3. Implementing a local road safety scheme in Hillreach & Little Heath
  4. Improving Charlton Road (new cycle lanes, better parking arrangements)
  5. Improving Woolwich Road (east of Charlton Church Lane) – better cycle lanes, resurfacing carriageway etc
  6. Improvements around Invicta School
  7. Cycle improvements at Blackheath Standard.

Understandably the email didn’t go into great detail about these schemes, and anything that improves road safety and cycling provision is good in my book. But in terms of public realm improvements there is nothing obvious there that I can see, and not everyone was happy with the consultation and impact of the Victoria Way 20mph zone.

Consultation is really what this all comes back to. Tim is rightly proud of the impact the council have had on road safety in the Borough through use of LIP funding. And the schemes above are well-intentioned and all have their merits.

signThe real issue here is that local residents shouldn’t have to fight to find out more than the most basic of information. The council and councillors need to be engaging with residents far earlier and finding out their priorities (something that presumably didn’t happen with Eltham’s £40k sign).

Consultation in Charlton could clearly improve too. I’d love to see our local Councillors consulting with residents more, including on the rapidly expiring Ward Budget scheme which suffers badly from a lack of visibility (the details are on the excellent Charlton Champion amongst their old posts but if you don’t know that how would you find the details?)

UPDATE: After a question to Gary Parker and Miranda Williams via social media, Miranda has replied and is writing another post for the Champion. That’s welcome, although I still think a static page – or pages – on the Champion or elsewhere, would be a useful way for our councillors to share key information such as Ward budget info and surgeries dates and times.

NB: The post above reflects the personal opinions of the author, and is not intended as representative of members of the Valley Hill Hub as a whole.

 

 

5 thoughts on “£2.6m of funding from TfL for Greenwich borough: What’s in it for Charlton?

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  1. Great post. Public realm improvements (as you say many other councils place great importance on them) not only improve appearances and civic pride, but if done well encourage people to walk and cycle eg including more cycle racks and located in visible areas.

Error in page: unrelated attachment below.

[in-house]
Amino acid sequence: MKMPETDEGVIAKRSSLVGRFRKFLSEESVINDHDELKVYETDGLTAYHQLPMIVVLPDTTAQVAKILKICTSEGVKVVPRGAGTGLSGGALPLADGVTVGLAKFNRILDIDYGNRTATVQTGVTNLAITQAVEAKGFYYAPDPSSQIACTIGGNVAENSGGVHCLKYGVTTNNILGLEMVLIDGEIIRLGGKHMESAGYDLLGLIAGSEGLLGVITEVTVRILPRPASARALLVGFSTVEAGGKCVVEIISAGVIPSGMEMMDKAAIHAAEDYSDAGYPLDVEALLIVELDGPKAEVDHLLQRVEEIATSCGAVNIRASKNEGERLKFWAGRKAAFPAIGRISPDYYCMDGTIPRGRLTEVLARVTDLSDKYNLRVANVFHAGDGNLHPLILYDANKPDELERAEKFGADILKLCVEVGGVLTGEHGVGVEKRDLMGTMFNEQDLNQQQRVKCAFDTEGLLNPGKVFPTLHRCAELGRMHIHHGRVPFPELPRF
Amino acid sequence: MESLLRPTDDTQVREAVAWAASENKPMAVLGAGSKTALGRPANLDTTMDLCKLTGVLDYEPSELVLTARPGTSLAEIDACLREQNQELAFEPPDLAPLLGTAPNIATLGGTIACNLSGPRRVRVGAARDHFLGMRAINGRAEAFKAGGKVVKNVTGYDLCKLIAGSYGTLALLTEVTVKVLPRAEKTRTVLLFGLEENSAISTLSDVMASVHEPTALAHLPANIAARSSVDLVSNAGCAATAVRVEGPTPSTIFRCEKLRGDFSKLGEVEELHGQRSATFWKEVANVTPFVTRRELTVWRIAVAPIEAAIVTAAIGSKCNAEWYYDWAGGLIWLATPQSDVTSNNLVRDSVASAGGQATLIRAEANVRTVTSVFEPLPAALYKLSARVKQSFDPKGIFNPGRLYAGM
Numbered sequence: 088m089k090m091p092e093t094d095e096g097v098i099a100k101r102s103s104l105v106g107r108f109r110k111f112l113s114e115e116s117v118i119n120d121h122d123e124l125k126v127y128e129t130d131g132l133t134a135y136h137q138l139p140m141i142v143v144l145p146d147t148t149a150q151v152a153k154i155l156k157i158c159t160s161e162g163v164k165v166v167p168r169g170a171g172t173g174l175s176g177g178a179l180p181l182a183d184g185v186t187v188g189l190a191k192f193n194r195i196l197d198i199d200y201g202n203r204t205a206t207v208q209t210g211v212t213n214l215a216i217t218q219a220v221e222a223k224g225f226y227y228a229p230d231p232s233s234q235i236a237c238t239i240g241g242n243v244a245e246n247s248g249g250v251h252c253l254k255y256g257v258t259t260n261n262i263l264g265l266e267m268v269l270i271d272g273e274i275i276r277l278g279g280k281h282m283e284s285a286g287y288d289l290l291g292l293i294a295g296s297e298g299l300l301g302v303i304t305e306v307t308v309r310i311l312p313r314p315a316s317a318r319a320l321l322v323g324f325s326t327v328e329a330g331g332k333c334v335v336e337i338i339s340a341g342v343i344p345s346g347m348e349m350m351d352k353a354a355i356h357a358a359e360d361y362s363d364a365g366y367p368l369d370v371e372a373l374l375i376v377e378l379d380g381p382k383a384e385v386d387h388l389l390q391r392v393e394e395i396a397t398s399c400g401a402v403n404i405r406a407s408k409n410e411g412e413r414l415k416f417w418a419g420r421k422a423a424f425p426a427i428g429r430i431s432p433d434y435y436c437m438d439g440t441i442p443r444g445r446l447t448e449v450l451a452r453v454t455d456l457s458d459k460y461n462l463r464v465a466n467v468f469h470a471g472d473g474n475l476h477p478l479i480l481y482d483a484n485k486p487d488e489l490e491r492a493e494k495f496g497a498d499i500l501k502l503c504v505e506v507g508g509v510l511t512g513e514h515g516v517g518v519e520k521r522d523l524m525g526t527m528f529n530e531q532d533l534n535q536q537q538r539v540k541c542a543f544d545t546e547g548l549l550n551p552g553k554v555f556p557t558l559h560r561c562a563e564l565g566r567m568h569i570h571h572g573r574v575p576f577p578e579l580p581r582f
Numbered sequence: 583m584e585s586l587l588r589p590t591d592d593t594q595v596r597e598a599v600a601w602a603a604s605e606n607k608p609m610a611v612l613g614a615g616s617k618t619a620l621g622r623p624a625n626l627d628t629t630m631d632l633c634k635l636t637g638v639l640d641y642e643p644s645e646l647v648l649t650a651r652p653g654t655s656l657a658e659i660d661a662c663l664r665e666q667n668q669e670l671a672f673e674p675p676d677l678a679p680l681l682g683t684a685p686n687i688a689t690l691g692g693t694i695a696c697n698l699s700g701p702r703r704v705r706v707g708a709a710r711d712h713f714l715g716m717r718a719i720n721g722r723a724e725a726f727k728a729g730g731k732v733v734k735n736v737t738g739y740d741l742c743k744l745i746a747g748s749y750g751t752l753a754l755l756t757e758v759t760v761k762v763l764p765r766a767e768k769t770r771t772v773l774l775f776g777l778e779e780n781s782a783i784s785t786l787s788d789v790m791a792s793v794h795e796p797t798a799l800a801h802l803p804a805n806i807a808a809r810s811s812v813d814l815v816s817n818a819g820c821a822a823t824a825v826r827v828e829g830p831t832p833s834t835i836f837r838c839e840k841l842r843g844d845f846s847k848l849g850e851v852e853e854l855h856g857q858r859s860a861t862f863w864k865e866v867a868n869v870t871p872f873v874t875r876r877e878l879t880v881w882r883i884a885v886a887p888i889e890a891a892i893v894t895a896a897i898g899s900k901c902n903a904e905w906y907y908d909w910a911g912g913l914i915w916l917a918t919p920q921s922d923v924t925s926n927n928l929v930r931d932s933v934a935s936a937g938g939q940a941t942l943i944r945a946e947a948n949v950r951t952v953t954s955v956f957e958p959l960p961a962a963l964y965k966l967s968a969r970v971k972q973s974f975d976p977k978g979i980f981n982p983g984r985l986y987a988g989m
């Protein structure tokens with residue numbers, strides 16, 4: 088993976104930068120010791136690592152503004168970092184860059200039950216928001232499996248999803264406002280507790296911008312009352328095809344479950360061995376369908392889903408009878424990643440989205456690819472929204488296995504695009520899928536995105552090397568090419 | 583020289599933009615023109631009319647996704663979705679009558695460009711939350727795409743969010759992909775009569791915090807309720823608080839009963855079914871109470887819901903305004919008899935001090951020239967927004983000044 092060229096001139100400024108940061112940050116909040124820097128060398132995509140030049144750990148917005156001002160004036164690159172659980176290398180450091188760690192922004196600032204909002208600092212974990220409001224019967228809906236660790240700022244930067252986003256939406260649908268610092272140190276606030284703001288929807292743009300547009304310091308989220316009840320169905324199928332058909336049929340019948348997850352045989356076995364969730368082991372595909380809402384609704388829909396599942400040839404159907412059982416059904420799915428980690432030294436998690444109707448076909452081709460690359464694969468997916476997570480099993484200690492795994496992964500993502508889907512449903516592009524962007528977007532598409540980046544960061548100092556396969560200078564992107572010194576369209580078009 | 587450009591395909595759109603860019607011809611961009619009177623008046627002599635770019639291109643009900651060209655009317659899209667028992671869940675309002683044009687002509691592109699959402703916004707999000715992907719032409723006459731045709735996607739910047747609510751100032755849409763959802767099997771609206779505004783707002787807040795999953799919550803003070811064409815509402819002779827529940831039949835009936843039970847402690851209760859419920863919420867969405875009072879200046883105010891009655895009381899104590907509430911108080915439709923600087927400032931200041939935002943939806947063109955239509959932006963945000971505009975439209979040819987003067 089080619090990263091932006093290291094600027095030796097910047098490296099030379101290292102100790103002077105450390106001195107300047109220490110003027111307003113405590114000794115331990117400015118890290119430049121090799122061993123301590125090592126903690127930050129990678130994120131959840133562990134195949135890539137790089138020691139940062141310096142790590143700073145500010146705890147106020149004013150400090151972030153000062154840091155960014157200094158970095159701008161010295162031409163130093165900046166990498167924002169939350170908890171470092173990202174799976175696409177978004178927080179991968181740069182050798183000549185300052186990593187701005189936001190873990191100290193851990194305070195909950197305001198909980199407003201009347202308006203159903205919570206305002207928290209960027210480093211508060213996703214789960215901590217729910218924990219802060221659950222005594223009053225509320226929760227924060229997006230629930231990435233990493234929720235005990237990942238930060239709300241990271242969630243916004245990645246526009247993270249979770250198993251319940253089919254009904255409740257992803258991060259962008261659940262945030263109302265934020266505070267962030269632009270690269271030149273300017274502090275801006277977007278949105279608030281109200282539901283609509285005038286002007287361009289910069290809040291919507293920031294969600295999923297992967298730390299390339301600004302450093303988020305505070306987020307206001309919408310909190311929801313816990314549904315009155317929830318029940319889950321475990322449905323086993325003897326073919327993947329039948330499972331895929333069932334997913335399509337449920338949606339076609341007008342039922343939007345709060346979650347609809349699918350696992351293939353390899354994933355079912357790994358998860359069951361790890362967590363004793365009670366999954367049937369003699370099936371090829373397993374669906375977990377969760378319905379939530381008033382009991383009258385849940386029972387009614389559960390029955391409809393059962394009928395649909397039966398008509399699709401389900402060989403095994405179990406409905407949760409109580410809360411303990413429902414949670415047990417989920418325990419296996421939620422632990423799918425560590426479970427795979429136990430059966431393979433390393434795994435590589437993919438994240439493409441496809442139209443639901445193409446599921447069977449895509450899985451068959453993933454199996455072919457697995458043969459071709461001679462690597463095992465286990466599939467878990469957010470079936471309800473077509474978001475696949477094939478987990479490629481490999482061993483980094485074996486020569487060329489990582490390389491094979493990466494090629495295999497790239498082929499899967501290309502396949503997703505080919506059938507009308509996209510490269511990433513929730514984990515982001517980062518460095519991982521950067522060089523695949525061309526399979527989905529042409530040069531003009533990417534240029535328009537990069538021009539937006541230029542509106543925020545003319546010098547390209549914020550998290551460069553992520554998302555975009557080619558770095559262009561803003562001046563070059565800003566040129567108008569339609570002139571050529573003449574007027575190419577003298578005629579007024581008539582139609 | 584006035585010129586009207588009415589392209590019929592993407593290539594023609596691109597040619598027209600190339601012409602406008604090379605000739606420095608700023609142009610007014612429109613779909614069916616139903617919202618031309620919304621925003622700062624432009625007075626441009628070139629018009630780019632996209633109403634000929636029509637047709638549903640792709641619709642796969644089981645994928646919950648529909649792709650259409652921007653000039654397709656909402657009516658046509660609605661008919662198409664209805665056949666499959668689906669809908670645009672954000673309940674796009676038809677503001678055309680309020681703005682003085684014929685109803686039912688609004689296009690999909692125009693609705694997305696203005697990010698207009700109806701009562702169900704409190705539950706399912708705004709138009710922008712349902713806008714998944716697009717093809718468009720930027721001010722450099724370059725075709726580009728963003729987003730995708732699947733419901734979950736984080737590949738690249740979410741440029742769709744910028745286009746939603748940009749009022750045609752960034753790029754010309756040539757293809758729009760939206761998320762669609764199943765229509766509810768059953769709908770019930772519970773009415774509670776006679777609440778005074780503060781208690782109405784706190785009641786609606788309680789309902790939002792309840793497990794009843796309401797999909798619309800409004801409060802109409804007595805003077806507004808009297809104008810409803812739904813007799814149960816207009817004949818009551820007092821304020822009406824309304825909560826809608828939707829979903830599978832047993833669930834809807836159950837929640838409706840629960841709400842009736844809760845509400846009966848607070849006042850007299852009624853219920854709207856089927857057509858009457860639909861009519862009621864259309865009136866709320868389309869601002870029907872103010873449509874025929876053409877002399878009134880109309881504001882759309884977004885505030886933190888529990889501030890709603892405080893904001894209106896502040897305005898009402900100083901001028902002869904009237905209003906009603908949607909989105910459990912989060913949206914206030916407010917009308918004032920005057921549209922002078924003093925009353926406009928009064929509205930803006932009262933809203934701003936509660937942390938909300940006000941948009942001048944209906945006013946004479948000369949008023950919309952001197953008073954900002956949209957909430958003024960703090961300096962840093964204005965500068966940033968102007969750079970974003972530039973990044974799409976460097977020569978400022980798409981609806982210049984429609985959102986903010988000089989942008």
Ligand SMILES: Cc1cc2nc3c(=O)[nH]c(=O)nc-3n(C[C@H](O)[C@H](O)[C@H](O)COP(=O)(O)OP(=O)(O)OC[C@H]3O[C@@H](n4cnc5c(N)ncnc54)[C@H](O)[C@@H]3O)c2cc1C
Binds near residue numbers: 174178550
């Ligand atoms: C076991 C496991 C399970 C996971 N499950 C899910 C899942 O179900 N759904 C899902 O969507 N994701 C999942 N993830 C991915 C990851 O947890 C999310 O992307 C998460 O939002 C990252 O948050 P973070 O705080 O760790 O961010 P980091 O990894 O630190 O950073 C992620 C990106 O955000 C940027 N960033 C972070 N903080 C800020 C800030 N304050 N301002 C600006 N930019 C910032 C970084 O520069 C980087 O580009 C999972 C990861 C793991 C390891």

Welcoming, safe, attractive areas around stations (for example) would encourage more people to use them, and also attract new businesses if it’s an area people want to visit and stay. That brings life to areas, further increasing feelings of safety. It’s why Lewisham Council have a rolling program for it and RBG are years behind.

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  2. There seems to be a reoccurring theme with Greenwich councils poor consultations.
    The implementation of CPZ’s in Kidbrooke was handled awfully. As such there are now bays that hundreds of cars could use but are left empty every single day because the residents impacted by the CPZ were not consulted and are not allowed a permit.
    There is no logic to it but because it ticks TfL’s box of not allowing people that live in new build homes to have cars, we were given no choice.

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  3. This is the issue of representative v participatory democracy. We, in theory, have a representative system: we elect our representatives and they make decisions for us. In a multiparty system, our representatives will change depending on their programmes, put to us during election campaigns. We then change them if they don’t follow their programme to our satisfaction.
    The reality for us, RBG residents, at council/ward level is that we live in a one party rule (similar to China). Multiparty debate is non existent. Hence popular sovereignty could only happen through direct participation/ consultation, or not at all!
    At RBG, we have a systemic problem: we have a multiparty representative system but live under a one party rule. (exactly like in the borough of Westminster, K&C and others in London). The systems for consultation aren’t set up.

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  4. …in China, where participation/consultation systems are set up, there is a strict censorship system governed by the same one party ruler. It’s a catch 33.